Page 17 - Jewish Book Annual Volume 21

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— J
ew ish
mine is probably his reference to a D ’Oyly Carte performance
of an operetta written by “Goldberg and Solomon.” T h e im-
plied, typically Jewish claim to all great men gives this, I think,
the edge on more simple errors such as his giving the plural
of sandwich as “delicatessen.”
But, for all the inspired comedy in Mr. Kaplan’s use of lan-
guage—which is what people usually judge these stories by—
this is not in fact their real strength. The truth is that Hyman
Kaplan, as much as any of the large, serious figures heavy with
attitudes who are sometimes held up to the world as the essen-
tial “Jew,”
the Jewish character incarnate. There is hardly
a strand in our make-up which he does not possess and exhibit.
Hyman Kaplan
the urban Jew of our time in all his ambition
and absurdity, his vanity, his touching eagerness for approval
from his tutor who represents the kinder, Gentile world . . .
He exemplifies our tendency to a rather naive boasting when
we triumph—but also our warm generosity in defeat. He has
respect for reason, a (typically) muddled but passionate regard
for what he calls “dip t’inking.” In his veneration of education,
his longing for friendship, his brilliant wriggles in argument,
his ripe
of argument, in his capacity for pain and
loyalty . . . and, above all, in his passion for social justice,
Hyman Kaplan stands like a symbol for the whole of half-
emancipated Jewish nature. He is, to my mind, a creation of
genius. And if you think I have rather let myself go into flights
of rhetoric about him I would only remind you that Mr.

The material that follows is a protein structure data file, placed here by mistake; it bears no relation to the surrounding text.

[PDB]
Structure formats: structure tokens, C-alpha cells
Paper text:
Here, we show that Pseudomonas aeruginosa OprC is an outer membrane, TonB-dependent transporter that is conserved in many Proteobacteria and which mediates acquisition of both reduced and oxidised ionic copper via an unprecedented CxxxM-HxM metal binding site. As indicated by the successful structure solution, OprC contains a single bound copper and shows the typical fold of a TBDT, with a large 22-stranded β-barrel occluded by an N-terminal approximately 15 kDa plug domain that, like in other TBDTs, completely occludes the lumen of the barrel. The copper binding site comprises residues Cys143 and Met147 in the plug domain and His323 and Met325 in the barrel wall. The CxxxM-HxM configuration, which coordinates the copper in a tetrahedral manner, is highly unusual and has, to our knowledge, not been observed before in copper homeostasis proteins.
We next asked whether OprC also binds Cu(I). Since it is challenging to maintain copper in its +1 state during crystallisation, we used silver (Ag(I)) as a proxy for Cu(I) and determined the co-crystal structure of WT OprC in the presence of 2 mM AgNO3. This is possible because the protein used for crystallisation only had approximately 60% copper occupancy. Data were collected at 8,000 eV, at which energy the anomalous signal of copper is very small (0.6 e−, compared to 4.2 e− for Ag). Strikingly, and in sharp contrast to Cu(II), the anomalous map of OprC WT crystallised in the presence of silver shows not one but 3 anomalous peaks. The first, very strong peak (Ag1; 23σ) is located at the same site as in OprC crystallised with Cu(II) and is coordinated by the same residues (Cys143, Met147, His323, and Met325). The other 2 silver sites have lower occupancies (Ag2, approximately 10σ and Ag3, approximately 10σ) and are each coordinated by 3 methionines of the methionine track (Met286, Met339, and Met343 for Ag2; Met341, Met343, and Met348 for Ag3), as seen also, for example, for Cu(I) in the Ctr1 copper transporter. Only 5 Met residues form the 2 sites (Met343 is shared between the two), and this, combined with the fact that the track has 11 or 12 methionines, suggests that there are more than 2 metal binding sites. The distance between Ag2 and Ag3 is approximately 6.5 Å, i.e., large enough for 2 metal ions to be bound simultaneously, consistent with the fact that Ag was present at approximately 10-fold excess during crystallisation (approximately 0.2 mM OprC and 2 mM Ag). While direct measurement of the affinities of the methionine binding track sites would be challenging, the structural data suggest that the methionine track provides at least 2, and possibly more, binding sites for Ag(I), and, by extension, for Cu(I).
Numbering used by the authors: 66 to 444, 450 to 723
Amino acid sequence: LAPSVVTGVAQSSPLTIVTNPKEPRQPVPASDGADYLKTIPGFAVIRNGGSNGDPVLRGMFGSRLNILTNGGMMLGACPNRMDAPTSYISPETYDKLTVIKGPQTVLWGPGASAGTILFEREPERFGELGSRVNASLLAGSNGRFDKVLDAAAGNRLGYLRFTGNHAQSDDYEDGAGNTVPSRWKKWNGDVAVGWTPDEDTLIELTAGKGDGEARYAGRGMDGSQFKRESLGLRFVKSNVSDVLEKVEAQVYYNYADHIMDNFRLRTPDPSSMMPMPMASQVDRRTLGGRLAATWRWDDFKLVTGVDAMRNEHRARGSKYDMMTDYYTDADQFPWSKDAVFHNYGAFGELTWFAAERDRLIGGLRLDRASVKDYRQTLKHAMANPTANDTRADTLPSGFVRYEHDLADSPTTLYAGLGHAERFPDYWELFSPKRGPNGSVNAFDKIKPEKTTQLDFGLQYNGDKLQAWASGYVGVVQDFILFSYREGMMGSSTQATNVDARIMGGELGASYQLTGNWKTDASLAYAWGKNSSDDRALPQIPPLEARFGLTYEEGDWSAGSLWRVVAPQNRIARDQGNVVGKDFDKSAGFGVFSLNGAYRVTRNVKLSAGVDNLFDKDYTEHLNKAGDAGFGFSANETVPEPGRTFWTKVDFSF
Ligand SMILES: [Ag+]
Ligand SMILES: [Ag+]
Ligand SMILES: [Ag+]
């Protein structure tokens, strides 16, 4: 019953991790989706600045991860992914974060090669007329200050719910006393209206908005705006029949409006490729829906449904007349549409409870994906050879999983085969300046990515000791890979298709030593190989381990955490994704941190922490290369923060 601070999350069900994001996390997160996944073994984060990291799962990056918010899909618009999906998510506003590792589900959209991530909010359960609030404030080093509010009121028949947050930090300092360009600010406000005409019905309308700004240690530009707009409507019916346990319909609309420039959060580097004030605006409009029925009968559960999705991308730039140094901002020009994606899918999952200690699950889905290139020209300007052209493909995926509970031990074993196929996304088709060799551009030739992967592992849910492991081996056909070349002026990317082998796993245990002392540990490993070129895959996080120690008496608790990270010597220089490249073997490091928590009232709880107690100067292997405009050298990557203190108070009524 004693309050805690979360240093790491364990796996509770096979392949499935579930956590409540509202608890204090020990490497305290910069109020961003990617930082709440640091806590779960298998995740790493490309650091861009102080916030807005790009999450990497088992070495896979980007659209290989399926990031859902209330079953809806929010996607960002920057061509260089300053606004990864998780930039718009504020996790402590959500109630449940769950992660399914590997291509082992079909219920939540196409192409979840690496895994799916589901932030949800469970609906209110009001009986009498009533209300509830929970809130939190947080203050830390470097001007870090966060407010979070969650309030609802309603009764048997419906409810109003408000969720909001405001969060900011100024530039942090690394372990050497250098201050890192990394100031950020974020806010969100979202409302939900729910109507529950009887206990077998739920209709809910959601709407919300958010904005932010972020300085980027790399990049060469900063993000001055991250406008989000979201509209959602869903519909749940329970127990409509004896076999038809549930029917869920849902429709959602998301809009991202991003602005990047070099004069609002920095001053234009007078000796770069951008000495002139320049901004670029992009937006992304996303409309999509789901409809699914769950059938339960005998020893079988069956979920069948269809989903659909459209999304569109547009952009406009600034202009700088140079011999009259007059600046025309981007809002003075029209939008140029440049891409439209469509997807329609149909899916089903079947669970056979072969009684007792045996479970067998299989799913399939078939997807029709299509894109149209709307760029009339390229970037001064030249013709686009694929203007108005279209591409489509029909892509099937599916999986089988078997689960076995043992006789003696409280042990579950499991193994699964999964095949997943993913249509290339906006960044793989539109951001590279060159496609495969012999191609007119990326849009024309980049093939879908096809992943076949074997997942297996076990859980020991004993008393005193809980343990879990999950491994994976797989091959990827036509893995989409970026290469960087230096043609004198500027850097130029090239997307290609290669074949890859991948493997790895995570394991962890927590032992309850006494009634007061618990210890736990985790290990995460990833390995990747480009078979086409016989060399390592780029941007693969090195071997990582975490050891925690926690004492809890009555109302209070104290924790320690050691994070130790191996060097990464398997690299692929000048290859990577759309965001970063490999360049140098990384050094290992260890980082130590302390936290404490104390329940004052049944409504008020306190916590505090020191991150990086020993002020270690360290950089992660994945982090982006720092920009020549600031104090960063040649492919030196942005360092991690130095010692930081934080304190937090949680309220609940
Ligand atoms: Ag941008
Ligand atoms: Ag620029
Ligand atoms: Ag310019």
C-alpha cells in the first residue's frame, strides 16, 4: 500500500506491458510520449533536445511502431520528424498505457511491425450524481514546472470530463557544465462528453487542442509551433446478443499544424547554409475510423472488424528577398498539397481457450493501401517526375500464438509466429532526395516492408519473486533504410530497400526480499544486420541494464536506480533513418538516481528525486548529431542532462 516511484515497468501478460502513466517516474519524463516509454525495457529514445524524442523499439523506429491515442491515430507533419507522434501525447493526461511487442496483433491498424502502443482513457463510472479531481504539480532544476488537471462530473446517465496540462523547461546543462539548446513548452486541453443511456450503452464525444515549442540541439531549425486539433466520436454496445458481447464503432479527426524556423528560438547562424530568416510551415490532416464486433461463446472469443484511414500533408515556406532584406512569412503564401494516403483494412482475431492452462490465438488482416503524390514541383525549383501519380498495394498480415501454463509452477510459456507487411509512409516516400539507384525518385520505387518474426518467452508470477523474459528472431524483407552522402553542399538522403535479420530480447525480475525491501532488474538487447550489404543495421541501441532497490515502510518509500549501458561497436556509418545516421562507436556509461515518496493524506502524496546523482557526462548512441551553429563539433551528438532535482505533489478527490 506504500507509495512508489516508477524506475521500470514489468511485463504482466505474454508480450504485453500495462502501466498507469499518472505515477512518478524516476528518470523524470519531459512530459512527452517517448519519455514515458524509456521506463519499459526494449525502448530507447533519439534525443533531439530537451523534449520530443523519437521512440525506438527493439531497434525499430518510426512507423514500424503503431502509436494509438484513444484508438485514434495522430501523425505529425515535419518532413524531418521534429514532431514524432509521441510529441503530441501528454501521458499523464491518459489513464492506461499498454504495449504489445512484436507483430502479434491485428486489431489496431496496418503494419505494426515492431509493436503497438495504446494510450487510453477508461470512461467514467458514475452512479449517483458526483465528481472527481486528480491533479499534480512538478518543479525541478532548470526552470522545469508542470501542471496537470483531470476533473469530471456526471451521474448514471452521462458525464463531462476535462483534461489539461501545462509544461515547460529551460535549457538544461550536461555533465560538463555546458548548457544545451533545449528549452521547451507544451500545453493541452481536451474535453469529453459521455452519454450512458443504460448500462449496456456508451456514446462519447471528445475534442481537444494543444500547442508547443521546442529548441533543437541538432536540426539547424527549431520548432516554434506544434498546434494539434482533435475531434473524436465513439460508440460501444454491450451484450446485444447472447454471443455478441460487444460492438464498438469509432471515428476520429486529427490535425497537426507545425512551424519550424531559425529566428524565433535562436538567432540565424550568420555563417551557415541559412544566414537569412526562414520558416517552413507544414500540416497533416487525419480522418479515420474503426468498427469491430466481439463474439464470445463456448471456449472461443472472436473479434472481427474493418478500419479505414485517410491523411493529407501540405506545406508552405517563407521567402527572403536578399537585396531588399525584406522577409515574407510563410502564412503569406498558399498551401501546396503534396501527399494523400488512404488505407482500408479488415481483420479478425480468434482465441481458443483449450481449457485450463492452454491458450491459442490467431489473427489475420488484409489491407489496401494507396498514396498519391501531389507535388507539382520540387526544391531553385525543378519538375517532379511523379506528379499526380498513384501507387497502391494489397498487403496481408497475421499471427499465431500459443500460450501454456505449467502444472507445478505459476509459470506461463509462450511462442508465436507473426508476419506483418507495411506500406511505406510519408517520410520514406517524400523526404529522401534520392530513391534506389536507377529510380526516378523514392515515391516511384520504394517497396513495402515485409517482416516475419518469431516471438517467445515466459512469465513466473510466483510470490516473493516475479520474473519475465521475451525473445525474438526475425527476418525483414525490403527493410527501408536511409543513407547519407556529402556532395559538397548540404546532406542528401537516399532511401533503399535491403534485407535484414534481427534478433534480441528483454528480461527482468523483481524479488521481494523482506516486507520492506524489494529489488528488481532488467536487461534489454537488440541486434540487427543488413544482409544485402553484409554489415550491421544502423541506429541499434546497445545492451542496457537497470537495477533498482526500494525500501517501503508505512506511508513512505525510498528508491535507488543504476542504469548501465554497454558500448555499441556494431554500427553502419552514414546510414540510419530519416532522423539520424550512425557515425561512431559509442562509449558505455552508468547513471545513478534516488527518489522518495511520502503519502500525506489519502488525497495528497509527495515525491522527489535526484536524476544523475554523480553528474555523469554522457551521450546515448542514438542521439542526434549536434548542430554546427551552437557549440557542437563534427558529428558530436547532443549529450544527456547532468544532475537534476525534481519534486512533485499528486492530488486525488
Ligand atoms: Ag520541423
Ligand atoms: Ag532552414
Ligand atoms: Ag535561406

Kaplan himself is always ready at the drop of a hat to orate.
Excellence of Humorous Stones
The humorous story is of course something at which our
short story writers have always excelled. It is—as someone else
has said about it—at once an expression and a defiance of our
fate. I have singled out the Hyman Kaplan stories in particular
but there are many others. The work of the Yiddish writers
is shot through and through with humor. But there is at the
same time, and never very far below the surface of our litera-
ture, grimness, sadness, tragedy and irony. There is also, in the
work of one story writer anyway, cruelty. Th is is an unusual
ingredient in Jewish art, cruelty done not
Jews but
but it does exist in the remarkable stories of Isaac Babel, the
Russian writer. In his stories Jews shoot other Jews, kill animals
brutally, bully and betray for the sake of approval from the
non-Jew. Yet what gives Babel his strength is the struggle of
his characters with their individual consciences which judge
their acts. In other words Babel is concerned—like all Jewish
writers—with the
Th is I think is a very important